It’s true that immigration is a complicated area of law. At Your Immigration Angel, we stay at the forefront of changing immigration policy and legislation. Even if your circumstances are complicated, we can answer your immigration questions and create the best strategies for you. For example, if the National Benefits Center still has not granted your Motion to Terminate after your AOS interview, we can help you to make sure that USCIS or EOIR proceeds with the adjudication of your adjustment of status. What about an I-130 petition for a noncitizen who is detained? We can help you with that as well by requesting an expedited action with USCIS and the ICE counsel. There are often options that you may not know exist. That’s when our experienced Los Angeles immigration attorneys can help you! Contact us for your free initial consultation today! You can find many convenient ways to contact us on our “About Page.”
Every hopeful immigrant knows that there are constraints on the availability and issuance of United States Green Cards. The limited availability of U.S. visa creates the main backlog on green card applications. Employment-based green cards for foreign workers and their families are also limited by the United States government, and the 2015 cap has been set at 144,000 per year, world-wide. Family-sponsored preference categories for 2015 are limited to 226,000 visas per year. USCIS also places a total annual cap on the amount of visas that can be issued to foreign nationals from any particular country. For 2015, no country can receive more than 7 percent of the total annual number of family-sponsored and employment-based visas or approximately 25,600 visas.
Numbers of Central American Refugees Allowed into the United States is Decreased, but President Obama wants to Promote the Development of New, Safer Options for Those in Need
International and United States immigration law states that refugee status “may be granted to people who have been persecuted or fear they will be persecuted on account of race, religion, nationality, and/or membership in a particular social group or political opinion.” The freedoms and opportunities the U.S. offers has made America the country of choice for many refugees. The Presidential 2015 fiscal year memorandum stated that El Salvador, Guatemala and Honduras are eligible to be considered refugees “for the purpose of admission to the United States within their countries of nationality or habitual residence.” These countries, known as the “Northern Triangle” are the only Latin American countries, along with Cuba, to be part of the list. However, President Obama also noted in the memo that the number of 2015 allotments for refugees from South America was being decreased to 4000, which is 1000 slots fewer than in 2014. The President did encourage the development of new programs that would allow individuals to apply for refugee status from within their own countries. This type of program was implemented successfully in countries like Haiti and Vietnam, with the goal of preventing dangerous trips to the United States. If you have questions about whether you qualify for refugee status, please call or email Your Immigration Angel today!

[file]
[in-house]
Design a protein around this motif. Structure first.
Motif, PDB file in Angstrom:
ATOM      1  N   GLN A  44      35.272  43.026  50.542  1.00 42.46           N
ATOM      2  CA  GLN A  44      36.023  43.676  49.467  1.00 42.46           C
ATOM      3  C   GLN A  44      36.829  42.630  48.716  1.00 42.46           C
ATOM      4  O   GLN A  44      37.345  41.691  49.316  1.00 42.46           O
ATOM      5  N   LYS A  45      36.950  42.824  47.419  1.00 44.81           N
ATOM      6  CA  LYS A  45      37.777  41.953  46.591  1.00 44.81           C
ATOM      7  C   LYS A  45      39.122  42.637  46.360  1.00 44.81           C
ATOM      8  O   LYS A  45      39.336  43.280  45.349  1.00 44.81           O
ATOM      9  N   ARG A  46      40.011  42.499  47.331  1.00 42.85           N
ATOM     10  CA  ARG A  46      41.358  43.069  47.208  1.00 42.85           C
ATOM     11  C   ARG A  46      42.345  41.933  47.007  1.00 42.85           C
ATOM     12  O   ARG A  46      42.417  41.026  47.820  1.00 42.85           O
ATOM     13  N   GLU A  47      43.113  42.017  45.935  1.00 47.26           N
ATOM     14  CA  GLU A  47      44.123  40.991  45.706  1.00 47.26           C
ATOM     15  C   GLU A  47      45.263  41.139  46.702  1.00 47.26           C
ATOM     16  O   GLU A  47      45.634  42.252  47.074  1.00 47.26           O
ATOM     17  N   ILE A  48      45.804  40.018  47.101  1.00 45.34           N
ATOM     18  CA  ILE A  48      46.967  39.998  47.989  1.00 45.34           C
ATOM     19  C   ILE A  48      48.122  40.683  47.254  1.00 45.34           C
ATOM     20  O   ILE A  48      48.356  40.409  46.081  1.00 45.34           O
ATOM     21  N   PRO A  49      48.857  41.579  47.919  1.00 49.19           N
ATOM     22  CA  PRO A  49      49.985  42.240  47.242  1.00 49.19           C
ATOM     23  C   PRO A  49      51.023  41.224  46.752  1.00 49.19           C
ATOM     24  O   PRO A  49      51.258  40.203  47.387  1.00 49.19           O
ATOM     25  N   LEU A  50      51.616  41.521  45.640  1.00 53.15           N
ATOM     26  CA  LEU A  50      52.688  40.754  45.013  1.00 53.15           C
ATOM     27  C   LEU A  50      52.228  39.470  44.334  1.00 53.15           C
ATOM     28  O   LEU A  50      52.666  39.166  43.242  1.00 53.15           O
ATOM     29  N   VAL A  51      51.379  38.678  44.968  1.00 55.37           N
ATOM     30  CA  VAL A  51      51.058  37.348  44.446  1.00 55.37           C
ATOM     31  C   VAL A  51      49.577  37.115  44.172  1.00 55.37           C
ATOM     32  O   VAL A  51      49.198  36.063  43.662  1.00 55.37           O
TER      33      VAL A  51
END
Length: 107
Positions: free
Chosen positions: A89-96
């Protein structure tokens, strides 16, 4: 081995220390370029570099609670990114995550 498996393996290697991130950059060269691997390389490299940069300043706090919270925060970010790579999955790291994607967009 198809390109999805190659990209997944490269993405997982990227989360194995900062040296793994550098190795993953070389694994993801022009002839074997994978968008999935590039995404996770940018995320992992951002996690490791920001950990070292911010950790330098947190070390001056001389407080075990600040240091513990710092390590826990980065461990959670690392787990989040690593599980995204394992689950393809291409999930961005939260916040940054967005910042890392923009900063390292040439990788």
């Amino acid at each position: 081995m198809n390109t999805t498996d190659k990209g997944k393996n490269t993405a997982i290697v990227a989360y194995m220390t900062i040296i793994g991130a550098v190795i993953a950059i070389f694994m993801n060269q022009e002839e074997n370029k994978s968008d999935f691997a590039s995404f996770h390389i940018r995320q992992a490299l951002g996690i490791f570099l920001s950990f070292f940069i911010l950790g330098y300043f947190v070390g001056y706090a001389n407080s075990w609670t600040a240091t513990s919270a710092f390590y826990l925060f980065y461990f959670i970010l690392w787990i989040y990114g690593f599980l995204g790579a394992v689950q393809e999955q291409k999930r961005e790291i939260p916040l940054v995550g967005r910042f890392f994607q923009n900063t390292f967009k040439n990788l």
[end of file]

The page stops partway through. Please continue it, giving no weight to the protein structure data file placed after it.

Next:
Conditional Permanent Residence Based on a Marriage Green Card
A permanent residence status is conditional if it is based on a marriage that was less than two years old on the day someone was given permanent residence. The immigration status is conditional because USCIS wants proof that the marriage was not just to evade the immigration laws of the United States. To remove these conditions you must file a “Petition to Remove Conditions on Residence” with USCIS. Your Immigration Angel can help you with removing conditions. Contact us today for a free consultation!
Please note that if a marriage is already more than two years old when you either arrived at the U.S. border with an immigrant visa or when you received approval for a green card, then you will receive permanent residency and won’t have to worry about the status expiring. The actual card will need to be replaced once every ten years.